The essay juxtaposes the intellectualpreoccupations and fraught careers of two great20th-century Russian philologist-philosophers,Aleksei Losev and Mikhail Bakhtin. AlthoughLosev''s is the more crippling case, theexternal trajectory of their lives develops inrough parallel (bold, prolific productivity inthe 1920s; arrest and deportation in the1930s; slow reintegration in thepost-Stalinist era; recent revivals, cults,booms, and scandals connected with theirlegacy). What is more, the subject matterthat fascinated them often overlapped (theClassical world, the status of the Word,Dostoevsky). Still, differences overwhelm thesimilarities. The essay concludes withspeculation about these (...)
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  11.  5
    Caryl Emerson (2005). Mikhail Bakhtin and the Dialogic Word in Literary Art. Graduate Faculty Philosophy Journal 26 (1):107-143.
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    Caryl Emerson (2011). The Diaries of Sofia Tolstoy. Common Knowledge 17 (1):197-197.
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  13. Gary Saul Morson, Caryl Emerson & Robert Stam (1991). Rethinking Bakhtin: Extensions and Challenges. Journal of Aesthetics and Art Criticism 49 (1):88-90.
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  14.  4
    Caryl Emerson (2005). The Death of a Poet: The Last Days of Marina Tsvetaeva. Common Knowledge 11 (3):491-492.
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    Caryl Emerson (1999). Isaiah Berlin and Mikhail Bakhtin: Relativistic Affiliations. Symploke 7 (1):139-164.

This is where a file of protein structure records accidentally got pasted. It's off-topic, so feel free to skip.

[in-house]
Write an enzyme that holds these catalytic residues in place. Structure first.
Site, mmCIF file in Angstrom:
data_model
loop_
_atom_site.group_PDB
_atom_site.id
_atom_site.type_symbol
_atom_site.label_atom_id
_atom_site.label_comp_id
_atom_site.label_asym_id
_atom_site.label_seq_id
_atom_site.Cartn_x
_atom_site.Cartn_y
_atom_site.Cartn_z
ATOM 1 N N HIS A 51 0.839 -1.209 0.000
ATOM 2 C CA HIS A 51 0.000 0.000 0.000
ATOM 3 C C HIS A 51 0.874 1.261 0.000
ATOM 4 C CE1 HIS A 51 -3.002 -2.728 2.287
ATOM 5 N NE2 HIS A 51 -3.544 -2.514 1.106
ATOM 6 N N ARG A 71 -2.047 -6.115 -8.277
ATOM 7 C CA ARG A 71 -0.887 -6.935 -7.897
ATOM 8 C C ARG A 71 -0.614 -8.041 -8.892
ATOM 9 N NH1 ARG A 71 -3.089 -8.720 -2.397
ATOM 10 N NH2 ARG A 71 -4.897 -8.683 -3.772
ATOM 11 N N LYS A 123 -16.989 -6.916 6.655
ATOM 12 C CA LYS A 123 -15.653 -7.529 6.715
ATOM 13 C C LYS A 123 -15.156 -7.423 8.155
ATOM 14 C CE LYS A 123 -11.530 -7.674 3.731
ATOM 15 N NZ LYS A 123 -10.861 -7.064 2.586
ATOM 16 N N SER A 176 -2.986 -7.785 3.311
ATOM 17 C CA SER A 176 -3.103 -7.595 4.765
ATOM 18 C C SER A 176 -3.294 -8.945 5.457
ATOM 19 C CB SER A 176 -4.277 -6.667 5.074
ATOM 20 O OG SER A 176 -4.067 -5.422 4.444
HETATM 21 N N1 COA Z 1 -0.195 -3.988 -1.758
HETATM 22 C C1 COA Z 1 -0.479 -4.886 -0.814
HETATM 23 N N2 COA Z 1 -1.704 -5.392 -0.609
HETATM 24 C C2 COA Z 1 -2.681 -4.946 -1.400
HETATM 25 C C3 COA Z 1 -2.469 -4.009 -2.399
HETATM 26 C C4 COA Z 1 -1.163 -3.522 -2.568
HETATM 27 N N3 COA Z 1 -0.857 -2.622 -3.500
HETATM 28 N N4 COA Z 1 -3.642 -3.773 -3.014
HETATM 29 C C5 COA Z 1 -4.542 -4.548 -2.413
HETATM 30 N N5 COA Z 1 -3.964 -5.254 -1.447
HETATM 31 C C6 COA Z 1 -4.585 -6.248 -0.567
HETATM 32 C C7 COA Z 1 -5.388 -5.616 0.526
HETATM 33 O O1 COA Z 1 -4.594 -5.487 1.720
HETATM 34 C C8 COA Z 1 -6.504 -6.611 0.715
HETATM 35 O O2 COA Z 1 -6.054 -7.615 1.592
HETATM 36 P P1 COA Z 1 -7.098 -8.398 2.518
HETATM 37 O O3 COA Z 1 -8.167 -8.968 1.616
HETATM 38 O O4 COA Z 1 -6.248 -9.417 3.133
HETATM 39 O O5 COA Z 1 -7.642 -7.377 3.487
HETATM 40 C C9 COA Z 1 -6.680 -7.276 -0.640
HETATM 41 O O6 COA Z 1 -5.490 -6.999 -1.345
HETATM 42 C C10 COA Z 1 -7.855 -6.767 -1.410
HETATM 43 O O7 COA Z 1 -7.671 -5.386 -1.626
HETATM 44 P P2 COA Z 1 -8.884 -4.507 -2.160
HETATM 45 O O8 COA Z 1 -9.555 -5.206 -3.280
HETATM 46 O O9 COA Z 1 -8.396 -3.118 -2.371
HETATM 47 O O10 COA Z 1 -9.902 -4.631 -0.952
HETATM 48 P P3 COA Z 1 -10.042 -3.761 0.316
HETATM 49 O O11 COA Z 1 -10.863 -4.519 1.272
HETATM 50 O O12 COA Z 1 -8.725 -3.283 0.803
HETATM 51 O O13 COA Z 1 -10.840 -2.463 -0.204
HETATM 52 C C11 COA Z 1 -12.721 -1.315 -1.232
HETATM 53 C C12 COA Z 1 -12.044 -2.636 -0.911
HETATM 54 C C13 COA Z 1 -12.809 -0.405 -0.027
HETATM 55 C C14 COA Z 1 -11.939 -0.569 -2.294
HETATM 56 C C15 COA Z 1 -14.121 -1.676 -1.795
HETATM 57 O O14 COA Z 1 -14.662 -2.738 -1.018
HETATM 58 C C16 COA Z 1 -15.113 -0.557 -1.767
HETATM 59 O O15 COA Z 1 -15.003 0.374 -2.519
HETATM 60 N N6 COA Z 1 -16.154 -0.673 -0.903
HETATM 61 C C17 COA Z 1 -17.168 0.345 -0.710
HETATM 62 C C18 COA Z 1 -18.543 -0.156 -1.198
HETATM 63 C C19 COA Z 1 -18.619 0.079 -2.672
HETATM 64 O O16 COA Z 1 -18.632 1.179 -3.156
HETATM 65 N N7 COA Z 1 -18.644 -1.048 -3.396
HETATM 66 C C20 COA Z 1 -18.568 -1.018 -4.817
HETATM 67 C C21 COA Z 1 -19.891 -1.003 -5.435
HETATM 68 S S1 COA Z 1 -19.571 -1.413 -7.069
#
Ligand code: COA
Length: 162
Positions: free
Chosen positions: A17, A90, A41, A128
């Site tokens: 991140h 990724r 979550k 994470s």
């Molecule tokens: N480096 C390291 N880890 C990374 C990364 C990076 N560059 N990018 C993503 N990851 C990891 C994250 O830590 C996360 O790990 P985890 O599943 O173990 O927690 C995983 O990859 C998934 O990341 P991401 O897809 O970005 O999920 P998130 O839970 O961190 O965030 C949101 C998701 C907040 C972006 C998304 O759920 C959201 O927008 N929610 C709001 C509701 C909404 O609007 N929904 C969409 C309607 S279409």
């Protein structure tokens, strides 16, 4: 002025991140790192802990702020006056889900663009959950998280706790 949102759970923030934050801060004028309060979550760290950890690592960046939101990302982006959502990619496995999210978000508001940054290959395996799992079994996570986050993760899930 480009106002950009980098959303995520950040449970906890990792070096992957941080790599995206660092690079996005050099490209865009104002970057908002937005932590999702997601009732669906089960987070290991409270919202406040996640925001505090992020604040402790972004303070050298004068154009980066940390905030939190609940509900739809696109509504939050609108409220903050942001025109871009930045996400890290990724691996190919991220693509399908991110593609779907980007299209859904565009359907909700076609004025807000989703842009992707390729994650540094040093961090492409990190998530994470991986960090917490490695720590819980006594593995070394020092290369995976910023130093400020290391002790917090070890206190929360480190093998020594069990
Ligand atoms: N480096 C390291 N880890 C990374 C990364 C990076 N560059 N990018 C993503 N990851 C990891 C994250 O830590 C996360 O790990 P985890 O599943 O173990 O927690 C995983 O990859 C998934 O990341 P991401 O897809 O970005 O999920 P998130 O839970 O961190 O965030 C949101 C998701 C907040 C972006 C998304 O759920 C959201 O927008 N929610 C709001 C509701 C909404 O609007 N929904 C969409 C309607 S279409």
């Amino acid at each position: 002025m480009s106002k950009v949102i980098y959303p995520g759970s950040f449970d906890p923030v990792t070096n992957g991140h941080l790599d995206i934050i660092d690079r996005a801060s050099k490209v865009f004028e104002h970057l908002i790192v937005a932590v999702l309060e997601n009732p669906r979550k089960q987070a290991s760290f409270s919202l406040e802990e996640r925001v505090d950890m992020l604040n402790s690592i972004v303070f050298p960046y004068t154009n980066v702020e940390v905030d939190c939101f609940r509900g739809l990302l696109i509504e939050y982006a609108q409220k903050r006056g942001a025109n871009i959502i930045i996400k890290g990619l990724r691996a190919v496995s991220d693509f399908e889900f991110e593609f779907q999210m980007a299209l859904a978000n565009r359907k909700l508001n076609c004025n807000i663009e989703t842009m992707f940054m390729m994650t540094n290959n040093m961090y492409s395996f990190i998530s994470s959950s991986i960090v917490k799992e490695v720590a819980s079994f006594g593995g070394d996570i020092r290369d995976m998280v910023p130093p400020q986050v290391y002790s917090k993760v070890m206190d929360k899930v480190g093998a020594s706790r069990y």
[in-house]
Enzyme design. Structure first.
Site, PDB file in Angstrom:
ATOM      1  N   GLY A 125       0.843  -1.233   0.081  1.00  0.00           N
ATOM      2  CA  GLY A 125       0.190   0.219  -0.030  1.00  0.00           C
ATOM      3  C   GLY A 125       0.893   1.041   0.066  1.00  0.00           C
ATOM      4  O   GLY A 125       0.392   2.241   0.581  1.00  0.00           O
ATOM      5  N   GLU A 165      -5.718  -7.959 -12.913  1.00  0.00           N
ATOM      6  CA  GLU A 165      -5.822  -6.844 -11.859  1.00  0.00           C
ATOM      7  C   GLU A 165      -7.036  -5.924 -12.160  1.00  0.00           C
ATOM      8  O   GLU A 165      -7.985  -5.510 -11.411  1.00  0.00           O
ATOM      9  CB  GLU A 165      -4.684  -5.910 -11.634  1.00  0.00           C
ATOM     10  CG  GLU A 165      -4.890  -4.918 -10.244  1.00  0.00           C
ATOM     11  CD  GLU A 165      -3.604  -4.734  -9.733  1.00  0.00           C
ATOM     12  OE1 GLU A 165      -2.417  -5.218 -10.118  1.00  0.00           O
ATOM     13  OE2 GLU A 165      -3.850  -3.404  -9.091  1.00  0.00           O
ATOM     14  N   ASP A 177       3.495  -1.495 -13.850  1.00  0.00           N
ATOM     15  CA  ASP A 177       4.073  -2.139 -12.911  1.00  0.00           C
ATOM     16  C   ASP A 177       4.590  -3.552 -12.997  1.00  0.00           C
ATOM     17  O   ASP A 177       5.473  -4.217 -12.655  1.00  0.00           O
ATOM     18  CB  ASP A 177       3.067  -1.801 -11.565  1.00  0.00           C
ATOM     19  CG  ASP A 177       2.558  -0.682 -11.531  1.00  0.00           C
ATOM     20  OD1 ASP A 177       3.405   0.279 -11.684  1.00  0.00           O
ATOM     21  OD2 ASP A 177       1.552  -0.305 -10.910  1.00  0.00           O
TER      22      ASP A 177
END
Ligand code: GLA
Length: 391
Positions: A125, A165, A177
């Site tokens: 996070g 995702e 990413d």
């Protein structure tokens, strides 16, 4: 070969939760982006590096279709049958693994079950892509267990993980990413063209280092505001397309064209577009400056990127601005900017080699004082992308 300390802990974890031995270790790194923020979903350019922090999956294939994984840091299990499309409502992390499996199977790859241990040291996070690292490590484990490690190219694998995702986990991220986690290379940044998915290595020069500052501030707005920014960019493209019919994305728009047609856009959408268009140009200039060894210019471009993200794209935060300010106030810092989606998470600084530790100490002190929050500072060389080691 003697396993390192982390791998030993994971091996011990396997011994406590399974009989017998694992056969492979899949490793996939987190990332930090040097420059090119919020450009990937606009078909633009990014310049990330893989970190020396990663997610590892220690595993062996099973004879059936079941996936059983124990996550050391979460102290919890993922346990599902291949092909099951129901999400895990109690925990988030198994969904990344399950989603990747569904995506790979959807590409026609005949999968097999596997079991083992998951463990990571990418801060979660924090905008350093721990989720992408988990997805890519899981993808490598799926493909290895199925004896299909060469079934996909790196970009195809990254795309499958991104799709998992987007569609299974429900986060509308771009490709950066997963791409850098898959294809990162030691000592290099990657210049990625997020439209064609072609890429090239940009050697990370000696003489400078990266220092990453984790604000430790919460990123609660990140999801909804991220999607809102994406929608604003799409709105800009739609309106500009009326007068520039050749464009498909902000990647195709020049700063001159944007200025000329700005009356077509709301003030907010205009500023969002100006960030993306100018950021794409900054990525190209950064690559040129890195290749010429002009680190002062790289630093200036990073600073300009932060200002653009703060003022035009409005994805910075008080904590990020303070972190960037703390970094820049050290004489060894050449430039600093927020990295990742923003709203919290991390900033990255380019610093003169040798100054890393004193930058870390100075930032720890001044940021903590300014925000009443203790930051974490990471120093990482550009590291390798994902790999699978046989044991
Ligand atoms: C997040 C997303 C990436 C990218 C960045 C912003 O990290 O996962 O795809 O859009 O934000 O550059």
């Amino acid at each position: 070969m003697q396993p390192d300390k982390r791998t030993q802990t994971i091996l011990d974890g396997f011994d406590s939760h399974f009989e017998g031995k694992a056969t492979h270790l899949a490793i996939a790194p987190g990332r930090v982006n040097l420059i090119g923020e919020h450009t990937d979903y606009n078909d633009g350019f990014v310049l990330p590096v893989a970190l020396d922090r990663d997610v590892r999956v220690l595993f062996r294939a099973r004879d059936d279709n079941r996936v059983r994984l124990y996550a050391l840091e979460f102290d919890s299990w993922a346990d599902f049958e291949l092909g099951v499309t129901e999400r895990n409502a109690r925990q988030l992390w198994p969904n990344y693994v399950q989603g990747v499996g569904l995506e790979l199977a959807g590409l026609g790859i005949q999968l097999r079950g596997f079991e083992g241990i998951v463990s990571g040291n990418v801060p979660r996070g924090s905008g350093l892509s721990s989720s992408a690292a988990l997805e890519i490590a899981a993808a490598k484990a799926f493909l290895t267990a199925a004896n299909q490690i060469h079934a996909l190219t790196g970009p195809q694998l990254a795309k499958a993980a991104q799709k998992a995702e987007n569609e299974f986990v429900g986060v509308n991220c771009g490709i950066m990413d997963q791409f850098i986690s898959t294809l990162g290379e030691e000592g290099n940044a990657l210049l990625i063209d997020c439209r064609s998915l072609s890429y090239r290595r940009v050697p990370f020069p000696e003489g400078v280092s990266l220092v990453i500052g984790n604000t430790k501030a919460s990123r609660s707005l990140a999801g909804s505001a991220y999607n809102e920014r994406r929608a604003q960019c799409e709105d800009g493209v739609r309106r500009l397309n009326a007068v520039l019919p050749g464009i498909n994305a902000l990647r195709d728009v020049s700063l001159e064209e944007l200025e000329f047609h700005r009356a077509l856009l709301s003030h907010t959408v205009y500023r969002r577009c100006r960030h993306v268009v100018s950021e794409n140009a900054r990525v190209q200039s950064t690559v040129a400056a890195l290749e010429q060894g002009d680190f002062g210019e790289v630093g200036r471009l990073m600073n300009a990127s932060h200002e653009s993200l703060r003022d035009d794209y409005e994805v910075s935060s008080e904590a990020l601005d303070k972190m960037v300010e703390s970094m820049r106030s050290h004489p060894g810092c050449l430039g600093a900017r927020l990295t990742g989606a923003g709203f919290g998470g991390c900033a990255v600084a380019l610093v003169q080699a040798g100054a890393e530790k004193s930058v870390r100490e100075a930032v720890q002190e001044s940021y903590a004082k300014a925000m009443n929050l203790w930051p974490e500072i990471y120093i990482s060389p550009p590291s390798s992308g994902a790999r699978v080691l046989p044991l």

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    Jeffrey M. Perl, Gianni Vattimo, Santiago Zabala, Rei Terada, Caryl Emerson, Aileen Kelly, Adam Michnik & Péter Nádas (2002). Peace and Mind Seriatim Symposium on Dispute, Conflict, and Enmity: Part 3: Diffidence, Humility, Weakness, and Other Strengths. Common Knowledge 8 (3):449-451.
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  17.  6
    Caryl Emerson (1999). Book Review: The First Hundred Years of Mikhail Bakhtin. [REVIEW] Philosophy and Literature 23 (1).
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  18.  2
    Caryl Emerson (1989). Literature and Spirit: Essays on Bakhtin and His Contemporaries (Review). Philosophy and Literature 13 (2):350-364.
  19. Caryl Emerson (1989). David Patterson's "Literature and Spirit: Essays on Bakhtin and His Contemporaries". [REVIEW] Philosophy and Phenomenological Research 13 (2):350.
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  20. Caryl Emerson (2016). Maneiras criativas de não gostar de Bakhtin: Lydia Ginzburg e Mikhail Gasparov. Bakhtiniana 11 (1):42-76.
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  21. Gary Saul Morson & Caryl Emerson (forthcoming). Imputations and Amputations: Reply to Wall and Thomson. Diacritics.
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  22. Gary Saul Morson & Caryl Emerson (forthcoming). Voloshinov, and The Formal Method of Literary Scholarship (1928), Attri-Buted to PN Medvedev. Both Were Compatriot Theorists and Prominent Members of the Bakhtin'Circle', Which Flourished in the 1920s, Allowing for a Remarkably Fruitful Exchange of Ideas on Problems of Language and Literature. Sketching the Framework of Bakhtin's Rich Legacy, Including The. [REVIEW] Semiotica.
     
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  23. Brian W. Shaffer, M. M. Bakhtin, Vern W. McGee, Caryl Emerson & Michael Holquist (1988). Speech Genres and Other Late Essays. Substance 17 (3):58.